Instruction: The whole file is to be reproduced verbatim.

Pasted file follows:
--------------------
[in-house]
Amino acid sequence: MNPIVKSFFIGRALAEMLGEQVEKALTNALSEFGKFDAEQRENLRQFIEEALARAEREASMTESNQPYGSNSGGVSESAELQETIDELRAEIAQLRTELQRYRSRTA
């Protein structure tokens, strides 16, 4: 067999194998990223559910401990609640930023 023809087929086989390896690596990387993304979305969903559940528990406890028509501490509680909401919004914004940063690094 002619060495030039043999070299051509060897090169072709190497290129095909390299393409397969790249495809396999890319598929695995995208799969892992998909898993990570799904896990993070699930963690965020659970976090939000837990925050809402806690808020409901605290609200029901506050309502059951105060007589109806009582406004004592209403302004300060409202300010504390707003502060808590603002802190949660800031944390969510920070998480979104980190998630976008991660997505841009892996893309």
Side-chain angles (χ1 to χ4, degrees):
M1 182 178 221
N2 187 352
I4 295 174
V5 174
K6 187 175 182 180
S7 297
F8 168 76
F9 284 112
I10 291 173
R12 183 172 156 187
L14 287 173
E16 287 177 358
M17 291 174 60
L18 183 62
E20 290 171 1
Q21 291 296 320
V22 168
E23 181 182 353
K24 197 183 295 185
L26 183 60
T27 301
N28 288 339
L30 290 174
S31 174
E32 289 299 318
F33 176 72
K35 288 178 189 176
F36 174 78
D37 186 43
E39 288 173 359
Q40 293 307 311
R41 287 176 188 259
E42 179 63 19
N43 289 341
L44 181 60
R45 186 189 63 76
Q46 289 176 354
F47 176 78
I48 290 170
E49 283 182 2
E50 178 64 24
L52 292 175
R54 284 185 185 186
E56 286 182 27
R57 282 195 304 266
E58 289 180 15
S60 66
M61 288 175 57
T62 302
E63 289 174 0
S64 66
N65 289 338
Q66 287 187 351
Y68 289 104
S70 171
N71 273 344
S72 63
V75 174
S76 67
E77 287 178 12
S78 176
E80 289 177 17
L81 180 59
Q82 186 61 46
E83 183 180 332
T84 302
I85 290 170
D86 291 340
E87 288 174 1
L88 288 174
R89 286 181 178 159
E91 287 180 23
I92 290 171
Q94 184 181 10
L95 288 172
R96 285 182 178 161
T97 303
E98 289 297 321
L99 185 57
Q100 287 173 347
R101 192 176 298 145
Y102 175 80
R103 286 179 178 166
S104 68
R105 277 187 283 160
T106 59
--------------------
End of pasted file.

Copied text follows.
[in-house]
Amino acid sequence: MNPIVKSFFIGRALAEMLGEQVEKALTNALSEFGKFDAEQRENLRQFIEEALARAEREASMTESNQPYGSNSGGVSESAELQETIDELRAEIAQLRTELQRYRSRTA
């Protein structure tokens, strides 16, 4: 067999194998990223559910401990609640930023 023809087929086989390896690596990387993304979305969903559940528990406890028509501490509680909401919004914004940063690094 002619060495030039043999070299051509060897090169072709190497290129095909390299393409397969790249495809396999890319598929695995995208799969892992998909898993990570799904896990993070699930963690965020659970976090939000837990925050809402806690808020409901605290609200029901506050309502059951105060007589109806009582406004004592209403302004300060409202300010504390707003502060808590603002802190949660800031944390969510920070998480979104980190998630976008991660997505841009892996893309």
Side-chain angles (χ1 to χ4, degrees):
M1 182 178 221
N2 187 352
I4 295 174
V5 174
K6 187 175 182 180
S7 297
F8 168 76
F9 284 112
I10 291 173
R12 183 172 156 187
L14 287 173
E16 287 177 358
M17 291 174 60
L18 183 62
E20 290 171 1
Q21 291 296 320
V22 168
E23 181 182 353
K24 197 183 295 185
L26 183 60
T27 301
N28 288 339
L30 290 174
S31 174
E32 289 299 318
F33 176 72
K35 288 178 189 176
F36 174 78
D37 186 43
E39 288 173 359
Q40 293 307 311
R41 287 176 188 259
E42 179 63 19
N43 289 341
L44 181 60
R45 186 189 63 76
Q46 289 176 354
F47 176 78
I48 290 170
E49 283 182 2
E50 178 64 24
L52 292 175
R54 284 185 185 186
E56 286 182 27
R57 282 195 304 266
E58 289 180 15
S60 66
M61 288 175 57
T62 302
E63 289 174 0
S64 66
N65 289 338
Q66 287 187 351
Y68 289 104
S70 171
N71 273 344
S72 63
V75 174
S76 67
E77 287 178 12
S78 176
E80 289 177 17
L81 180 59
Q82 186 61 46
E83 183 180 332
T84 302
I85 290 170
D86 291 340
E87 288 174 1
L88 288 174
R89 286 181 178 159
E91 287 180 23
I92 290 171
Q94 184 181 10
L95 288 172
R96 285 182 178 161
T97 303
E98 289 297 321
L99 185 57
Q100 287 173 347
R101 192 176 298 145
Y102 175 80
R103 286 179 178 166
S104 68
R105 277 187 283 160
T106 59